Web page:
Thanks to Elon Musk, two-year-old videos showing people claiming to have “seizures” and “spasms” due to #CovidVaccines have resurfaced and gone viral. Antivaxxers are partying like it’s 2009—or 2021.
While Orac was off last week, Twitter’s new owner Elon Musk resurrected an antivax conspiracy theory that Anthony Fauci’s wife was “supposed to make sure” that he “behaves ethically.”
Formerly respectable academics John Ioannidis and Vinay Prasad published a complaint about “obsessive criticism” on social media. Hilarity ensued, and many irony meters were reduced to sparking, smoking, sputtering ruin.
John Ioannidis’ “science Kardashian” article is the bad science that keeps demonstrating why we should have no superheroes in science. Ideology can warp any of us.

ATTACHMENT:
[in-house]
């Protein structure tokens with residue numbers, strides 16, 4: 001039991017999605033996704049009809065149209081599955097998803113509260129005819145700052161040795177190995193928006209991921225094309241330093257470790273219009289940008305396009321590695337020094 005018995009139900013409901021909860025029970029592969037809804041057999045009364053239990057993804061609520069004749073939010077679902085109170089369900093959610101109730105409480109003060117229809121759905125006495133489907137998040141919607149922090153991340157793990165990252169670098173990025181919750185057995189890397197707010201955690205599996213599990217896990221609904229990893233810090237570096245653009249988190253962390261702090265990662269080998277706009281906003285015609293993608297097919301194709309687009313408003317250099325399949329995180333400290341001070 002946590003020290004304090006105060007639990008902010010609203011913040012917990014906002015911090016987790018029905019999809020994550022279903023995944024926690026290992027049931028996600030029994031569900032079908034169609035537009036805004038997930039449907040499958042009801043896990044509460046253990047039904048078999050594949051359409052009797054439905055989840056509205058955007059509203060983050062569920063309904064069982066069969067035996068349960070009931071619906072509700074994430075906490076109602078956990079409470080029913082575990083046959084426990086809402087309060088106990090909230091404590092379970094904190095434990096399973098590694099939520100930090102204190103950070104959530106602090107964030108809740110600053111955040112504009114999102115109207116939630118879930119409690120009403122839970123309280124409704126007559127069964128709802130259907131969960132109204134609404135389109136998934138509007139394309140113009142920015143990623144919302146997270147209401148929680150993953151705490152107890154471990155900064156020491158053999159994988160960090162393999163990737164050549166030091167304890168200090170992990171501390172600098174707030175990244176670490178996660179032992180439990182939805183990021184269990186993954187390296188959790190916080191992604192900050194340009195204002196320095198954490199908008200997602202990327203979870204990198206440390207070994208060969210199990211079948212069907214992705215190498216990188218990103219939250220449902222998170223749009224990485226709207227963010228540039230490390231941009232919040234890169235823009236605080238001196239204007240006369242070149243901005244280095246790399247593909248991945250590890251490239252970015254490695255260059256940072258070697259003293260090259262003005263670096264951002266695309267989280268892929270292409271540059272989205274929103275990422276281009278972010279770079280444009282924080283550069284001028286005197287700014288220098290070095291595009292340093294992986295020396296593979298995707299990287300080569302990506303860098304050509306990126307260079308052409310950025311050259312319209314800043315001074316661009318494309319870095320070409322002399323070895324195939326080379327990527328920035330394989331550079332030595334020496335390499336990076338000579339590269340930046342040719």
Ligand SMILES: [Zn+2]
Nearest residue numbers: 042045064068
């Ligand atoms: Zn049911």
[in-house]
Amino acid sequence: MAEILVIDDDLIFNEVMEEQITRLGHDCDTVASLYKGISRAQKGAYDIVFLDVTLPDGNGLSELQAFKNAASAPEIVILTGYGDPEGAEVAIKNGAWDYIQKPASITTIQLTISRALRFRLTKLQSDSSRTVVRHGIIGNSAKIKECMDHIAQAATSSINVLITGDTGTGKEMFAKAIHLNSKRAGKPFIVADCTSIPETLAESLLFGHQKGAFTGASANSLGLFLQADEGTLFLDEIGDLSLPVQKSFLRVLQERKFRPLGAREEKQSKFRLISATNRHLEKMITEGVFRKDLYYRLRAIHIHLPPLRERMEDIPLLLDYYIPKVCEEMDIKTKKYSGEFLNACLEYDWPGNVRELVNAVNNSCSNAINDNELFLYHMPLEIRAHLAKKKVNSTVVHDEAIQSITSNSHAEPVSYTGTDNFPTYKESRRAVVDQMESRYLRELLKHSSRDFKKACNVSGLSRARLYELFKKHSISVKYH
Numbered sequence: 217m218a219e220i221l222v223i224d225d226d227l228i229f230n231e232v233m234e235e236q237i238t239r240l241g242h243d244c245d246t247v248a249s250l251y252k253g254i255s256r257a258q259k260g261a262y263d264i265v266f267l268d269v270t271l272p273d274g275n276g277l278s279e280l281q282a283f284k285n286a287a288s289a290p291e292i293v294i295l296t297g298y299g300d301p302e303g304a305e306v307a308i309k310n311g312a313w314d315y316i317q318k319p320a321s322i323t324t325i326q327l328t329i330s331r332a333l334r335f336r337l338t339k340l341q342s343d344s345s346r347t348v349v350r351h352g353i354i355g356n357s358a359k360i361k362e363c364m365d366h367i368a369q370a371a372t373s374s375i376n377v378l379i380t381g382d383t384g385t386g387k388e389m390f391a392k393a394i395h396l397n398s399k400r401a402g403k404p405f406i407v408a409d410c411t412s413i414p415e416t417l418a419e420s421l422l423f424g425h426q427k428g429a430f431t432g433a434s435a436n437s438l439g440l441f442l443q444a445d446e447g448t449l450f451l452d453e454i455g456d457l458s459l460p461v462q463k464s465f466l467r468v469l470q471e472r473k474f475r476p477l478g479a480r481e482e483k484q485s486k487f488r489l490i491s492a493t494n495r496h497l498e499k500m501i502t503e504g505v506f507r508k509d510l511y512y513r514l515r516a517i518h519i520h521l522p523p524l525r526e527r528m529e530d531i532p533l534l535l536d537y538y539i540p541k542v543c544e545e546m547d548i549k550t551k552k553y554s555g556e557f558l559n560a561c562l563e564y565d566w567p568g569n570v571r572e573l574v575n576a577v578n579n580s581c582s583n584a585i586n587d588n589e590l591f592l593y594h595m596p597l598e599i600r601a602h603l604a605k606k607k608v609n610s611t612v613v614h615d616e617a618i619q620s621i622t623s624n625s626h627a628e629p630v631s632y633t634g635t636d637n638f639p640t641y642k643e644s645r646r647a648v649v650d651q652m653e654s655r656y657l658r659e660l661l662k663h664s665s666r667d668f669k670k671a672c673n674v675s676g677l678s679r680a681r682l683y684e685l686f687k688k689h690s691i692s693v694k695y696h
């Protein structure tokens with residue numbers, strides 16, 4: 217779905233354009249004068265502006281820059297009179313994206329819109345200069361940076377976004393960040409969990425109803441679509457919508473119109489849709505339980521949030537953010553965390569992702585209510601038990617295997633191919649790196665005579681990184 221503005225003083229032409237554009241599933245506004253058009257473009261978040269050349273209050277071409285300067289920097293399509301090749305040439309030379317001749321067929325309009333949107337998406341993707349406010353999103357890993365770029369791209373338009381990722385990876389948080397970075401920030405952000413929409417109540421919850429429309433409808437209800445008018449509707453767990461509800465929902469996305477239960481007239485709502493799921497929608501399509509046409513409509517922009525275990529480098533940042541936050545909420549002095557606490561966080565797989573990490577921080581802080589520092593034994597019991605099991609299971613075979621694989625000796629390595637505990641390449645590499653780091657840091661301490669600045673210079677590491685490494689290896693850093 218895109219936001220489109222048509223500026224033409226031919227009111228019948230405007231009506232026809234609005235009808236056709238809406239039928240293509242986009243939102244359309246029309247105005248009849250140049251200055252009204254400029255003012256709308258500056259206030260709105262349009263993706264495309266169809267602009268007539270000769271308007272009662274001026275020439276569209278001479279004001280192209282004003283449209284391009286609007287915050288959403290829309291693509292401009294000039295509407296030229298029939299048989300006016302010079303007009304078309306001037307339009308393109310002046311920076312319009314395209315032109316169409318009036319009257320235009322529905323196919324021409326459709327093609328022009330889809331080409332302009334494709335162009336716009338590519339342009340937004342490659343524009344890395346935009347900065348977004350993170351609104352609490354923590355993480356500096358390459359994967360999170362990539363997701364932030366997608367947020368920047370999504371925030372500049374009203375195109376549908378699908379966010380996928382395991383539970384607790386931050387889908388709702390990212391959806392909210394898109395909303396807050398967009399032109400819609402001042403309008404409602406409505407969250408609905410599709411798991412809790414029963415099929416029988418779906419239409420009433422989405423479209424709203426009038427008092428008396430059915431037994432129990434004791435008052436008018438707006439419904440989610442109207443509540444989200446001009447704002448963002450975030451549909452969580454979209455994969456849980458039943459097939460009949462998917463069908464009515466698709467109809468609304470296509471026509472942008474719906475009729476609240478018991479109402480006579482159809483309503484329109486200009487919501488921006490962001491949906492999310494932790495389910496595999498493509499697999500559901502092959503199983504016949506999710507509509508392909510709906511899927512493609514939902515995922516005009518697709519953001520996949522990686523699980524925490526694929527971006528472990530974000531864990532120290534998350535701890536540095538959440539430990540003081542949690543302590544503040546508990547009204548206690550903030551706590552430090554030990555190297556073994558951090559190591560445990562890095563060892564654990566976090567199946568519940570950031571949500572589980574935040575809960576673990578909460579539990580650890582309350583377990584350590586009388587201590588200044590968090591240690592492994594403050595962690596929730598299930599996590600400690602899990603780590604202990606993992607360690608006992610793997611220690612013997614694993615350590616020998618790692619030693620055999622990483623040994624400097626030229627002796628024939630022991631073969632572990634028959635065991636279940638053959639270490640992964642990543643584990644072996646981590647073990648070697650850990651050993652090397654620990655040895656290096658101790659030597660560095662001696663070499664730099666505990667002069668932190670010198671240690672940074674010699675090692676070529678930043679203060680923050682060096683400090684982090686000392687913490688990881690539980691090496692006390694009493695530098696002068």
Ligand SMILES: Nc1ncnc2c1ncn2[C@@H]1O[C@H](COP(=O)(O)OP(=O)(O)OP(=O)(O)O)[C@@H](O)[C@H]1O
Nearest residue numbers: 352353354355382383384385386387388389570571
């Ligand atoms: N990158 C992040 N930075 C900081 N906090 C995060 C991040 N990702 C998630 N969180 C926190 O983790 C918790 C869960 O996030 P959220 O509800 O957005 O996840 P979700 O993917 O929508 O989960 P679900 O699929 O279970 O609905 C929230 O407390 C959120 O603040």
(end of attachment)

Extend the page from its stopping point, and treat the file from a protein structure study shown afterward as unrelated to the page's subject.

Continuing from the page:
There’s a new paper out analyzing how antimask activists weaponize the tools of data visualization and scientific argumentation to produce convincing antimask propaganda. Antimaskers are claiming that it shows that they are more “scientific” than those supporting the consensus viewpoint with respect to COVID-19 and masks. What it really shows is that they are good at weaponizing the tools of data visualization and scientific arguments to come to the conclusions that they want to come to.